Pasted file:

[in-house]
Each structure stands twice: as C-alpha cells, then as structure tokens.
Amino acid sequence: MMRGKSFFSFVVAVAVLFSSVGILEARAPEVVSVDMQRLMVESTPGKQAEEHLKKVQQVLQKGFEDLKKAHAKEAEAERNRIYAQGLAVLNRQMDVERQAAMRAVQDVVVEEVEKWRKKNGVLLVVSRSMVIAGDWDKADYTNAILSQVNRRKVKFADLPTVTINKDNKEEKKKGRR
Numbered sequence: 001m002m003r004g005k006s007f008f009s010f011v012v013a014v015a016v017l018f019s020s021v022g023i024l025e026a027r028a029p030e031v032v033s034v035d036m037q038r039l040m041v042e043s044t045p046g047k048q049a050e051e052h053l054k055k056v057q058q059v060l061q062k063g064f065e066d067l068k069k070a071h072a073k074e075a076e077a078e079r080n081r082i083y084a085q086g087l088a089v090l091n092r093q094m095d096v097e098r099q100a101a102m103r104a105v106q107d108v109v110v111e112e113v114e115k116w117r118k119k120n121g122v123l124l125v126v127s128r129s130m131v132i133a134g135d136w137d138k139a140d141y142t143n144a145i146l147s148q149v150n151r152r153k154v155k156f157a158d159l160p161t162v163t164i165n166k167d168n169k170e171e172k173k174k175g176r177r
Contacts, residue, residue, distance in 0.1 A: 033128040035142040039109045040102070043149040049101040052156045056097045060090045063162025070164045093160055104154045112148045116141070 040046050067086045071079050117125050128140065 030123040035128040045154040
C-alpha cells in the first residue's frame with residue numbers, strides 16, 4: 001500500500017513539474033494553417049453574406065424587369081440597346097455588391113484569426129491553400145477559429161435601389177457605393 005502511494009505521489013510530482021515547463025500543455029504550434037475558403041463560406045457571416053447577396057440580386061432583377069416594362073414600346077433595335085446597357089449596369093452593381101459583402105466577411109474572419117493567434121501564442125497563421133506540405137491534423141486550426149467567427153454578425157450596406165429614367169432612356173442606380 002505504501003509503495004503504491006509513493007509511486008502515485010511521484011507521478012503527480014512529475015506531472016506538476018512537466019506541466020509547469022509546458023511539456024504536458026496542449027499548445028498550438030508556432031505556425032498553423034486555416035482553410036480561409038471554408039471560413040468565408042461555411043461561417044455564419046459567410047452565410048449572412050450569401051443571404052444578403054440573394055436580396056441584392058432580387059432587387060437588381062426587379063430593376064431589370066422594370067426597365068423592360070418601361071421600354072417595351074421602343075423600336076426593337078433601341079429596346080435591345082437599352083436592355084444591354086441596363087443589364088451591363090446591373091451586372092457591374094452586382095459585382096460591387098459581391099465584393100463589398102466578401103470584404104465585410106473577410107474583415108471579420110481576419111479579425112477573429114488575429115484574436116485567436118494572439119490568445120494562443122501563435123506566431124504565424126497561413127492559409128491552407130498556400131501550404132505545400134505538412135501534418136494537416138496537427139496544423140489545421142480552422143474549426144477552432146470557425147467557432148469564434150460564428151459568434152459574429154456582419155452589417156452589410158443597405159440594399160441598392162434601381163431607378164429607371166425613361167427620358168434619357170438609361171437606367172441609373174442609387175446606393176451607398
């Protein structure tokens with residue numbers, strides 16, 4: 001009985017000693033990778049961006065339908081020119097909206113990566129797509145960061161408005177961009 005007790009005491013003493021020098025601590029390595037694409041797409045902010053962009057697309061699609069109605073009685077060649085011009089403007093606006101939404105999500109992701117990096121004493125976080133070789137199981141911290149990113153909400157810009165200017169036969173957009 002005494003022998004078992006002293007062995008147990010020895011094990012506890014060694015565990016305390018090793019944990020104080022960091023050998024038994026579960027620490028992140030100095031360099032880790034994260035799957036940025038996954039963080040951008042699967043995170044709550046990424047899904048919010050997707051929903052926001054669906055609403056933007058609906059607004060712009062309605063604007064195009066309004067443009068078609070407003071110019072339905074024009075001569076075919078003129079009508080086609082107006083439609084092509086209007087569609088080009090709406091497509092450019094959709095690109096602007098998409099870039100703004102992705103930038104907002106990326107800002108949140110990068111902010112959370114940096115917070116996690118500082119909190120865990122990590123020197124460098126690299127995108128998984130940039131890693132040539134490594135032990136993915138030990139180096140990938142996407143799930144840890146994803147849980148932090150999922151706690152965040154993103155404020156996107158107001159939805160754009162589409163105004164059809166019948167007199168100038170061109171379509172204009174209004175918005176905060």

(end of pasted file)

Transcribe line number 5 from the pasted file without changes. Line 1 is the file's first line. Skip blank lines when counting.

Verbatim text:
Contacts, residue, residue, distance in 0.1 A: 033128040035142040039109045040102070043149040049101040052156045056097045060090045063162025070164045093160055104154045112148045116141070 040046050067086045071079050117125050128140065 030123040035128040045154040